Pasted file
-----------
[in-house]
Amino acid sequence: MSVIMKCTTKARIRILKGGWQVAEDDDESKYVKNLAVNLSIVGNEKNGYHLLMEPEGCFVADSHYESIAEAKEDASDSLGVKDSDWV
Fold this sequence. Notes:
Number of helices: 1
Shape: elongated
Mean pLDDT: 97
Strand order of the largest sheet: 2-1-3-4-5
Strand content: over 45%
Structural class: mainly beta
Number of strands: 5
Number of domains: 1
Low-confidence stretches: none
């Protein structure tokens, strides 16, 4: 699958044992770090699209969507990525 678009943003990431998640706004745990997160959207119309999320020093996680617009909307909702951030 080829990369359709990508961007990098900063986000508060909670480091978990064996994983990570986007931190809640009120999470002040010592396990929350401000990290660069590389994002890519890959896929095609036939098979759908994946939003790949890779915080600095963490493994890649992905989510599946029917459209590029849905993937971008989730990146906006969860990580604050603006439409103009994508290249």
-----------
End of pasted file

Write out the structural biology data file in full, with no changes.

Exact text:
[in-house]
Amino acid sequence: MSVIMKCTTKARIRILKGGWQVAEDDDESKYVKNLAVNLSIVGNEKNGYHLLMEPEGCFVADSHYESIAEAKEDASDSLGVKDSDWV
Fold this sequence. Notes:
Number of helices: 1
Shape: elongated
Mean pLDDT: 97
Strand order of the largest sheet: 2-1-3-4-5
Strand content: over 45%
Structural class: mainly beta
Number of strands: 5
Number of domains: 1
Low-confidence stretches: none
């Protein structure tokens, strides 16, 4: 699958044992770090699209969507990525 678009943003990431998640706004745990997160959207119309999320020093996680617009909307909702951030 080829990369359709990508961007990098900063986000508060909670480091978990064996994983990570986007931190809640009120999470002040010592396990929350401000990290660069590389994002890519890959896929095609036939098979759908994946939003790949890779915080600095963490493994890649992905989510599946029917459209590029849905993937971008989730990146906006969860990580604050603006439409103009994508290249």